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Lost Like a Grain of Wheat, the Village of Karlsruhe Lies in the Endless Expanse of North Dakota

Verloren wie ein Weizenkorn Liegt das Dorf Karlsruhe in der Grenzenlosen
Weite Norddakotas

"Lost Like a Grain of Wheat, the Village of Karlsruhe Lies in the Endless Expanse of North Dakota." Suedeutsche Zeitung, 9 December 2004, 286.

Translation from German to American English by Alex Herzog, Boulder, Colorado

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An entire large-format photo book by Richard Besserer and Stephan Wenz (Info Verlag, Karlsruhe [Germany], 19.80 Euros) is dedicated to the people of Karlsruhe in the U.S. State of North Dakota. In it the people are clearly in the foreground, with the sparse local ambience as the backdrop. Their doorbell signs carry names that could easily be found here on the right bank [of the Rhine]: Leier, Boehm, Thomas, Klein, Mack, Schiele.

In fact, 200 years ago, they were neighbors, before the watchmaker Johann Wechinger of Karlsruhe happened to come upon a prized letter from Tsar Alexander I and he, alongside many other countrymen, emigrated via Vienna toward the Black Sea region with the aim of cultivating the southern provinces of the Tsarist empire. What attracted Wechinger was as Manfred Koch discovered within the city archives the promise of unhindered doings and dealings within the Russian Royal Empire. That was in 1804. Five years later, sixty Karlsruhe families took off via Saxony and Warsaw toward the East, they spent the winter in Odessa, and then established a settlement called Karlsruhe. As the German General Counsel of Odessa stated at the time: "The villages give off an air of prosperity, spacious farm properties, beautifully stone houses, blooming gardens and vineyards."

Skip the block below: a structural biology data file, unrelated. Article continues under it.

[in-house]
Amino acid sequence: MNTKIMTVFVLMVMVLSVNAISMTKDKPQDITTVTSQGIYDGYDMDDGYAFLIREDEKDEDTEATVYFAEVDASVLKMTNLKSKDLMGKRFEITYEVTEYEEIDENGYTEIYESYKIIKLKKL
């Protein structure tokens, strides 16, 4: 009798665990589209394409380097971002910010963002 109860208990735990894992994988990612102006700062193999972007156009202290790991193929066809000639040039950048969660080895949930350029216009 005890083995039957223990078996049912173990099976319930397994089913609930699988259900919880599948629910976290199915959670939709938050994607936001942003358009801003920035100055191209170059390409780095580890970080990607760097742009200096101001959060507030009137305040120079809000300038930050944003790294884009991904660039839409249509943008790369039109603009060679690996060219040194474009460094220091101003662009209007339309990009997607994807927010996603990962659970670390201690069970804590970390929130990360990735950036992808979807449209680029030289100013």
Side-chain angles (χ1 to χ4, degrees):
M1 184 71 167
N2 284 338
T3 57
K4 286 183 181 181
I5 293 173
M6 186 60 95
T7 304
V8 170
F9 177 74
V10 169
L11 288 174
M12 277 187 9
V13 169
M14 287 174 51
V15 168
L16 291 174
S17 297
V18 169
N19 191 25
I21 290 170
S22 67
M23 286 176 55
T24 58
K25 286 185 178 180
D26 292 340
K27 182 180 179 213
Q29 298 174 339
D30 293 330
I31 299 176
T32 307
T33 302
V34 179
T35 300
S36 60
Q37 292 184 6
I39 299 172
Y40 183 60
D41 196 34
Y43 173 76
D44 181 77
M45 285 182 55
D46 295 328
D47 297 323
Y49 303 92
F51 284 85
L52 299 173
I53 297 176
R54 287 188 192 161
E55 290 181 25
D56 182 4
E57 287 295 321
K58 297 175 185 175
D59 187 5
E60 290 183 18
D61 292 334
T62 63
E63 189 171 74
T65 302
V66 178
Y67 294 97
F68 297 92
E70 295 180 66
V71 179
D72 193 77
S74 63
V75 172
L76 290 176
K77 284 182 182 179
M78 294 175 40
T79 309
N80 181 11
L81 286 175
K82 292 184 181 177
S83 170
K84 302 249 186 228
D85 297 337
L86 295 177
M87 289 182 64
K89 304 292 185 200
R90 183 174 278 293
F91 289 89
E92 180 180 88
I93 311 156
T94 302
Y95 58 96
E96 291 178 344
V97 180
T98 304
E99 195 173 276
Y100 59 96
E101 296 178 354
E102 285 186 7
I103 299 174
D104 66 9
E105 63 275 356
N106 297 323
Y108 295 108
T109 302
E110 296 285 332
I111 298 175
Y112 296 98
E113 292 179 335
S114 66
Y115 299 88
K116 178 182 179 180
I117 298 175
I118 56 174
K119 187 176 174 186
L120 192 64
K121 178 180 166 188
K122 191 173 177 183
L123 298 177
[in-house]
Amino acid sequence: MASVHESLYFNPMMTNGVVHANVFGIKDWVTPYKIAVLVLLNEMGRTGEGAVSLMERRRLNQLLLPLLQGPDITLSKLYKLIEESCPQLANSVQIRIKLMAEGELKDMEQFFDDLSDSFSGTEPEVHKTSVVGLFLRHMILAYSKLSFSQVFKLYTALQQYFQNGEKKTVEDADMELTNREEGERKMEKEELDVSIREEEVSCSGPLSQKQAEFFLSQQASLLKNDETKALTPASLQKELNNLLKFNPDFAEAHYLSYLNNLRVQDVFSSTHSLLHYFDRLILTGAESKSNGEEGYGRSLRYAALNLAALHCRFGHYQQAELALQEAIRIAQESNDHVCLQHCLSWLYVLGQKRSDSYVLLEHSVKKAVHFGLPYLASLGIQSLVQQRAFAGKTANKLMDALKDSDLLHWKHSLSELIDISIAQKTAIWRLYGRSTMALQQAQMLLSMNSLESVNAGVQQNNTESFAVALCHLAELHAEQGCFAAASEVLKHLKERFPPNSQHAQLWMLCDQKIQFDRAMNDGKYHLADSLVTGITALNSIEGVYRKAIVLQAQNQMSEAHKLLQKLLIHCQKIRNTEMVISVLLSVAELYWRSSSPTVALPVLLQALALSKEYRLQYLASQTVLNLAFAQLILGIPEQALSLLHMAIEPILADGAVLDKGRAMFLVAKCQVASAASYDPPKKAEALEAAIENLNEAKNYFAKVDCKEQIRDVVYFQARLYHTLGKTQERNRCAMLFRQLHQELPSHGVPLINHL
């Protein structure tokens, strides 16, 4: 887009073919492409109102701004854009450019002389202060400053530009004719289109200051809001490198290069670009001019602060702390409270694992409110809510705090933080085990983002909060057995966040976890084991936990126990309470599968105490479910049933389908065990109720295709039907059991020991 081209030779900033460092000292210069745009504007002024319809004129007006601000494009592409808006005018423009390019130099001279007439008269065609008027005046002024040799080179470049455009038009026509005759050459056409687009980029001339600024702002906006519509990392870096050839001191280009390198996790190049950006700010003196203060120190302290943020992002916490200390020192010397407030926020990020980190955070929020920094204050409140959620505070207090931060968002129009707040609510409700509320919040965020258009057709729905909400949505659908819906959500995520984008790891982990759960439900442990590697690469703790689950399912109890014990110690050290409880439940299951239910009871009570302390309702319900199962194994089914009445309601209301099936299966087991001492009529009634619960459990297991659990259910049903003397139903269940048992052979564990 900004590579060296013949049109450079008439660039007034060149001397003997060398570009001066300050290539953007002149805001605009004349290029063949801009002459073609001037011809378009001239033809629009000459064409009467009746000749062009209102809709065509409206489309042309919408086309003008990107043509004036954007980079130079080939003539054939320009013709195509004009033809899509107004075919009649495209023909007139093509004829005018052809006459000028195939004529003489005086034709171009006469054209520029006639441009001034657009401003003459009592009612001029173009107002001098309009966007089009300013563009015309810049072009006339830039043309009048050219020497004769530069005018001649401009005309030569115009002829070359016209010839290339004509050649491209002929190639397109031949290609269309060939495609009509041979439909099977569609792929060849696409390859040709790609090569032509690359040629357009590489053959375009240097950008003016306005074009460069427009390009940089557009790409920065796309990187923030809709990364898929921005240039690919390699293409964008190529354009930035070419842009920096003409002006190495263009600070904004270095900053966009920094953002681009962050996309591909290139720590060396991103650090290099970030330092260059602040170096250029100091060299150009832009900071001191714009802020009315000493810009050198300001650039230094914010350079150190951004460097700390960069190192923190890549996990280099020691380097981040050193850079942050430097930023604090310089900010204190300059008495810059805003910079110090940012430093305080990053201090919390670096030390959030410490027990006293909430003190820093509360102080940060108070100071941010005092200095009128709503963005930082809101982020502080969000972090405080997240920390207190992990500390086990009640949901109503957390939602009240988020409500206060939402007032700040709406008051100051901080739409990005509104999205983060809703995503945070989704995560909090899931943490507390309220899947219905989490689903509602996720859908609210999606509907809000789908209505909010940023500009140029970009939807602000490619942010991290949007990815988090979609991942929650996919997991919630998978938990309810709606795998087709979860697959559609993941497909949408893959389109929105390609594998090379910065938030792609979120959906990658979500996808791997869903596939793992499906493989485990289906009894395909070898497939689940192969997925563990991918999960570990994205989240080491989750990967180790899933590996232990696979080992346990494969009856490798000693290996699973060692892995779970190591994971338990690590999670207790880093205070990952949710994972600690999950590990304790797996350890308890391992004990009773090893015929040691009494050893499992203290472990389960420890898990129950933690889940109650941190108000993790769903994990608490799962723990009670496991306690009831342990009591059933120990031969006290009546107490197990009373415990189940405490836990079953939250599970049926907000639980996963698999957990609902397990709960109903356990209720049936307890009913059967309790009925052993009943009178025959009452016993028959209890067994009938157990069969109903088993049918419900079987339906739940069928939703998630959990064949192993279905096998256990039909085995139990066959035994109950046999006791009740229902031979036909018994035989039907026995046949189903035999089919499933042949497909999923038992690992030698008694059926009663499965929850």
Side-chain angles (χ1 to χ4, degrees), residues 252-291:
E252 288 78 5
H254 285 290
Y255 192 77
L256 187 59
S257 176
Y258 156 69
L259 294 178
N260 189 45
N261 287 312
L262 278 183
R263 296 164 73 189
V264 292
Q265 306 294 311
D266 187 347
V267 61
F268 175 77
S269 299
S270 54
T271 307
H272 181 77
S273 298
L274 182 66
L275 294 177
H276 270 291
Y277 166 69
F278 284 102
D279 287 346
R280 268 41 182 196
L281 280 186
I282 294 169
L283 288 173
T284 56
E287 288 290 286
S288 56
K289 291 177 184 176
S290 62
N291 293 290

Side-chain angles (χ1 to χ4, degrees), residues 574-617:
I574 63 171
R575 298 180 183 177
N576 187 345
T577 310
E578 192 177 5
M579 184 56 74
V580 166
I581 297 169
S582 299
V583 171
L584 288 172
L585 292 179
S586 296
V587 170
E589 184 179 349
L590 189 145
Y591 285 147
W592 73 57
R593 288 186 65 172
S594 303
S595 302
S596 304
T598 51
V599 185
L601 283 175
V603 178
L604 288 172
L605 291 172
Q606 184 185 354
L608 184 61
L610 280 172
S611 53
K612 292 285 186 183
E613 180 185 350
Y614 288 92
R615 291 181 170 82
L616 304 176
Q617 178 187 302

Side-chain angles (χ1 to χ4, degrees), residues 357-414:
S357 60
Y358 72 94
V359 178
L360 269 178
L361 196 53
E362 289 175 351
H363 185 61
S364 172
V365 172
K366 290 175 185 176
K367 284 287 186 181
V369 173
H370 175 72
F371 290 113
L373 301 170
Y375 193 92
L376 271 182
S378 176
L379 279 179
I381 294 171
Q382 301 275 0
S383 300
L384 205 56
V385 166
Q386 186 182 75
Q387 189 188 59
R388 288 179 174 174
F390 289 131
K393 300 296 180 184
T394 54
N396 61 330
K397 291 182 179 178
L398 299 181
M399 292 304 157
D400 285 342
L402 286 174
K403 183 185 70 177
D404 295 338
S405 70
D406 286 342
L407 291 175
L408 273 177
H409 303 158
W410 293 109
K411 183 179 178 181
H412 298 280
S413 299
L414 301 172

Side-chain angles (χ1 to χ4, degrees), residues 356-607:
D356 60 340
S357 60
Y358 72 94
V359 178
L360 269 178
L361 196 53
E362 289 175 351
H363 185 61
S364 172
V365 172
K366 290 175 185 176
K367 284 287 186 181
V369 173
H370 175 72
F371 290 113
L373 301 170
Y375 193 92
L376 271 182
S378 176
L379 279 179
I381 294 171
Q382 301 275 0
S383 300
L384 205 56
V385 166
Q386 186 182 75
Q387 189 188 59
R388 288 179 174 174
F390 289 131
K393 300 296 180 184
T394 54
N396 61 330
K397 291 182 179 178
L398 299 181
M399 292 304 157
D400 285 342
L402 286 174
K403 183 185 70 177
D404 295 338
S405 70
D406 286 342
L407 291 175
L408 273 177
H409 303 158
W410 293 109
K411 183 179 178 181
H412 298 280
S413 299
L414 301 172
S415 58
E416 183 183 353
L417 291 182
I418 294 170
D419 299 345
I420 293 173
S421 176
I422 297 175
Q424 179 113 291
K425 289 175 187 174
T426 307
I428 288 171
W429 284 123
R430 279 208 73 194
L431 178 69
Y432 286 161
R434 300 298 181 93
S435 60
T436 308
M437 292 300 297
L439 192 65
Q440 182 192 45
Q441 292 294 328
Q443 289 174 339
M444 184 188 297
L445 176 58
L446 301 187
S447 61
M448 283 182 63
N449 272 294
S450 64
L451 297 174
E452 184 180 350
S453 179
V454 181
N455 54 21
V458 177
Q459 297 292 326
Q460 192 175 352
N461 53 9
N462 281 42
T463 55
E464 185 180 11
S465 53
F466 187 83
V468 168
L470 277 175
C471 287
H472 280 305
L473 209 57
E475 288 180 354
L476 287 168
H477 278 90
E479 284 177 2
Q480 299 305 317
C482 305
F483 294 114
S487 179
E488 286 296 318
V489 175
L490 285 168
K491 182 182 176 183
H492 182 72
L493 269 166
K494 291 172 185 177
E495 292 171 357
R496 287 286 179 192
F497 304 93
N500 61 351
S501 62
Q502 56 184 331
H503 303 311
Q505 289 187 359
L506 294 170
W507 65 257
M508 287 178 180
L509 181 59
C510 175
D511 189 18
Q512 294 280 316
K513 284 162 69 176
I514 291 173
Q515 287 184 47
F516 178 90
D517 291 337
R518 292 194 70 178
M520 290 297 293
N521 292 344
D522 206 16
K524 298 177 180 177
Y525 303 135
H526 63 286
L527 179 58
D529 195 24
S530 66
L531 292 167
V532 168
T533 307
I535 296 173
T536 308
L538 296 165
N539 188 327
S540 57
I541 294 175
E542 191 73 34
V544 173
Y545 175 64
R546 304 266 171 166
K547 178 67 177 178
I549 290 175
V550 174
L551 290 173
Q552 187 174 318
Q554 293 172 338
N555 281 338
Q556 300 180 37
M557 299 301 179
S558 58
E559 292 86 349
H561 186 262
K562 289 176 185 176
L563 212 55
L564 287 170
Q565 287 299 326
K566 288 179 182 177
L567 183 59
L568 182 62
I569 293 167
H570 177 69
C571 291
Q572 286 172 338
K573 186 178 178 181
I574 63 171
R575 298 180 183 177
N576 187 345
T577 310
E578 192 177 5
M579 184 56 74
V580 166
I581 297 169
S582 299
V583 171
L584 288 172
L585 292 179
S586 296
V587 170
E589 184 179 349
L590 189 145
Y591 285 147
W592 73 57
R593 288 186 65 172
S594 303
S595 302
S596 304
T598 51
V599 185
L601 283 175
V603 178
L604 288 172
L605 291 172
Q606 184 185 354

But seventy years later things had become so bad for the Germans in Russia that immigrants became emigrants - 300,000 left for the United States. There they gave their [new] villages names such as Mannheim, Strassburg, Elsass, Rastatt, Worms, or Karlsruhe. As one journalist wrote, the German-Russians contributed to America more than any other group of immigrants, because by introducing winter wheat they transformed the prairie to the granary of the world. A hundred people now reside in Karlsruhe, North Dakota. Their portraits, including that of rail inspector Kenny Gefroh (shown in the picture), speak volumes.

Our appreciation is extended to Alex Herzog for translation of this article.

Permission to use any images from the GRHC website may be requested by contacting Michael M. Miller
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